Deadly Ever After

Obligatory Thankfulness Post: AKA Pat Yourself on the Back

TODAY’S BREW: Mimosas! It’s Thanksgiving, baby!


I love Thanksgiving.  Huge fan of turkey, as big a fan of stuffing.  I love watching the Macy’s parade on tv over several mimosas with the kids.  It always happened at my house growing up, minus the mimosas.  For someone who doesn’t love football, and that is how you know Kristen isn’t writing this post, I like the sound of it in the background.  It means the people I love are with me.  Granted, I would like to know that over the sounds of say, a decent movie, or Duck Dynasty, but I will take what I can get.

I will not bore with you with my thankfulness for my family and shelter and food, blah blah blah.  (But I am thankful for those things, and make a point of saying it every day.)

I am thankful TO BE A GOOD WRITER.

There, I said it!  Writers have a really bad habit of self-doubting.  I get it, your imagination and uniqueness is out in the open for all to see and reject.  Case in point, if you put it out there to begin with for people to see, you are already a good writer!  You already love your own work enough to think someone else will.  Chances are, you’re right.  Remember in school when they would tell you to ask the dumb question because someone else will have the same question and is too afraid to ask it?  It’s like that, but with writing.

I am thankful that I know the difference between my best work and my worst.  I am thankful that I have good grammar.  I am thankful for ideas that are completely mine, whether they be based in popular culture or not.  I am thankful that I can envision a character and create a world for them.  I am thankful that I can stick out a story until the end, and never give up on it.  I am thankful to have an amazing writing partner and a husband that encourage and support me and tell me the truth.  Which I often ignore, granted.  I am thankful that even though I have completed my first novel, I am not afraid to make revisions on it to make it stronger, not because anyone said it was weak, but because I think it makes it better. Just me.  I am incredibly thankful to have the time to write.  It’s that simple.

Most of all, I am thankful that I need to write.  This is what makes me a good writer, the need I have for it.  I am willing to bet, it is what makes you a good writer, too.  I need to express myself on paper, yes good old-fashioned, tree-killing paper, or the whole world suffers.  I am so thankful that I have been given a gift like this, that I recognize and act on.

Having written all my life, like many of us, once again, I never really thought it was anything all that special.  It came to me so easily.  When I told the first person on the outside that I was writing a novel, my assistant manager at one unnamed lingerie retail store, she was in shock.  She said she didn’t have the imagination to even be able to read something like Running Home, let alone write it.  My way of thanking her for helping me realize that I had a talent was by making her a character.  She asked to be a bitch, and boy do I deliver.  Enjoy, Jenn, I will post an excerpt with you in it.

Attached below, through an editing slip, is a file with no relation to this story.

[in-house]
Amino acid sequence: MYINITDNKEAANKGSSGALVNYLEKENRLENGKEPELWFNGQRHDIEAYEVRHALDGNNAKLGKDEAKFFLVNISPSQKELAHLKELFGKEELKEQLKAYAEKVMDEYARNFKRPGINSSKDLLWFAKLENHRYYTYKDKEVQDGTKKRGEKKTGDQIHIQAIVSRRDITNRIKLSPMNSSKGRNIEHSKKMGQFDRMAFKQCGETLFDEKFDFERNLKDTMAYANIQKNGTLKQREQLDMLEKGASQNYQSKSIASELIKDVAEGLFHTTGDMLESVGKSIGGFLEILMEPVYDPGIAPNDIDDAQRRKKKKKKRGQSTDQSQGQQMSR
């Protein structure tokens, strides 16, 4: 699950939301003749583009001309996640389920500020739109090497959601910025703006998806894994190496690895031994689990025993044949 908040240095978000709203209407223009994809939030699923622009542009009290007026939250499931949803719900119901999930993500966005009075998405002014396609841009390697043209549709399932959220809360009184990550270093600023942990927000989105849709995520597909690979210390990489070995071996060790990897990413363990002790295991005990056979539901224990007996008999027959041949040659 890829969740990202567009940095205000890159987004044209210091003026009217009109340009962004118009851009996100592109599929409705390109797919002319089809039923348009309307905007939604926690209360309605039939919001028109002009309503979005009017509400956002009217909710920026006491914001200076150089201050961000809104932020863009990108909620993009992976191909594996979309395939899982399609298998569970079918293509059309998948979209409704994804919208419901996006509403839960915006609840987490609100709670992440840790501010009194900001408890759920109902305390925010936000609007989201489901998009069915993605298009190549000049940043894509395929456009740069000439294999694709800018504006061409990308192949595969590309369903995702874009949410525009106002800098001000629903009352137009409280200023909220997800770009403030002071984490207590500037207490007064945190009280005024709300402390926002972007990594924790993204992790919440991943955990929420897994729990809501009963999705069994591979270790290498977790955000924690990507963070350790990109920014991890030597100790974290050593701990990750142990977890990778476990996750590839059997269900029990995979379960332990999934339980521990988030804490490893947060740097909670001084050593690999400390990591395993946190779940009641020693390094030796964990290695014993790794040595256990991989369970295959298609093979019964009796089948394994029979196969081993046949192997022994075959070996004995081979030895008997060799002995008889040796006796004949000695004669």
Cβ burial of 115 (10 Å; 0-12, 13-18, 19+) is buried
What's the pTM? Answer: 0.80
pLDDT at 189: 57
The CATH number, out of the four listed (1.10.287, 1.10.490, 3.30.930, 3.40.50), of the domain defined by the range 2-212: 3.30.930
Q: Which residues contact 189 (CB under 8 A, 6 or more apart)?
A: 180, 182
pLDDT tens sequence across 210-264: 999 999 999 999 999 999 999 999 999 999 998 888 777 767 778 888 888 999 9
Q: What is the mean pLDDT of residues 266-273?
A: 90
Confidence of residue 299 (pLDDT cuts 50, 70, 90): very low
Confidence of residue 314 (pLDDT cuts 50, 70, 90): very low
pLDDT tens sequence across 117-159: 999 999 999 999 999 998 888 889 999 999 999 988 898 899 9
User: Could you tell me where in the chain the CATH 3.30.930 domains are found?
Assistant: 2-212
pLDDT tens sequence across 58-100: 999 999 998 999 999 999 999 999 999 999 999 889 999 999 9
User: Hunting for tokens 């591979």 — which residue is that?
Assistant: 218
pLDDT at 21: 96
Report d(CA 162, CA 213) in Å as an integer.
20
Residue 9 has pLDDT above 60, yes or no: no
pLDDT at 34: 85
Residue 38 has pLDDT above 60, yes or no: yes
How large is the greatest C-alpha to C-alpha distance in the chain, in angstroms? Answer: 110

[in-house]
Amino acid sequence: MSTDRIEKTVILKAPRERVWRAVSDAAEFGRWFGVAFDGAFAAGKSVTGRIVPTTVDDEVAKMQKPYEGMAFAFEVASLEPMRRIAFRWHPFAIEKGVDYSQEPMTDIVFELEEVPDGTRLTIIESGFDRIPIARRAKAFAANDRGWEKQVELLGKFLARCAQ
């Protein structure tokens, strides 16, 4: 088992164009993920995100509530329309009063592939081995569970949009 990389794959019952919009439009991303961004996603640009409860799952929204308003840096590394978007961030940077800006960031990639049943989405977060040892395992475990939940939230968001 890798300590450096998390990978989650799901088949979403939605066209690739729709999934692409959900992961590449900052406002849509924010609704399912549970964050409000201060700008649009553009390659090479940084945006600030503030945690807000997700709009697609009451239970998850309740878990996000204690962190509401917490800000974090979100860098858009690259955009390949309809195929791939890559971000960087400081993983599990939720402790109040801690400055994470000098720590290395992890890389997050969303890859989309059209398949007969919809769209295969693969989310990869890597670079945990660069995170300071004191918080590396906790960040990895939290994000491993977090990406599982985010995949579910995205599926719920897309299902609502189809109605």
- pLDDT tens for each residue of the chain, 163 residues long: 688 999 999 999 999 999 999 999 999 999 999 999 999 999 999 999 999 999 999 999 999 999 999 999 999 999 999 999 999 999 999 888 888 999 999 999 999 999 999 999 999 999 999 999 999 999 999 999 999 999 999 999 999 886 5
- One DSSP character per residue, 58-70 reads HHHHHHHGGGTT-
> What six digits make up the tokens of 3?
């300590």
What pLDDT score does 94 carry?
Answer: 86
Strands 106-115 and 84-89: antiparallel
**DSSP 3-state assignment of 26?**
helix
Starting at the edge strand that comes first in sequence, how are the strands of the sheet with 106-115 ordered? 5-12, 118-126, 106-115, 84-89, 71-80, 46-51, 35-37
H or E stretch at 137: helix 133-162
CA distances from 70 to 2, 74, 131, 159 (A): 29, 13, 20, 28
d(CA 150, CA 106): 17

My point is, be thankful that you have an ability to even want to put your words on paper!  Don’t wait for anyone else to tell you that you are a good writer.  YOU ARE A GOOD WRITER BECAUSE YOU WRITE.  So there.


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7 thoughts on “Obligatory Thankfulness Post: AKA Pat Yourself on the Back

  1. I’m thankful to you both, you are great friends. I’m also thankful for this post. I haven’t been feeling like a good writer. This helped me to remember, that as long as I continue to write something has to be good.
    Thank you.
    Have a wonderful Thanksgiving. ((hugs))

    • Thank you, Mari, for being such a good friend to us both, and being so encouraging always. Especially now, when Kristen’s post was so much nicer than mine. I felt a little like a jerk after that one. I meant every word, though. Something that comes from your imagination is always good, always worth it. Unless it is a real life plan to kill a lot of people or something.


      • Kristen’s post was more holiday related, but your post touched me. I’ve been feeling down regarding my writing. I can’t get anymore of my story for Nano. I’ve given up on it, so I feel like a failure. I’m trying to write a scary story for you guys, but my beta readers say. “Not scary.” Your post reminded me that my writing is important even if it doesn’t flow how I want it to. Thank you.

      • Everybody goes through the “I’m a failure” feeling, sometimes hourly…trust me. I talk a good game but am just as guilty of it. Here’s my soapbox for a minute. You can’t write the end of a story that the writing world forced you to do in a month as a challenge. You didn’t wake up one day inspired to do it, someone else told you to. You are worried that the story you wrote isn’t scary enough because everyone else tells you it’s not. MARI WELLS! WRITE WHAT YOU WANT TO WRITE WHEN YOU WANT TO WRITE IT AND GODDAMN ANYBODY WHO SAYS OTHERWISE!!!! If you finish that story for us, I demand you send it to us! It’s a hell of an accomplishment just to finish, and it will hit home with someone, I guarantee. The end.

        –Julie (as if you couldn’t tell)

  2. Horror doesn’t always have to be traditionally scary. Think of the movies and stories that scared you the most. I’m sure my story won’t be scary either.

  3. I love you, Julie. You are always encouraging me. You are a great friend. Thank you.

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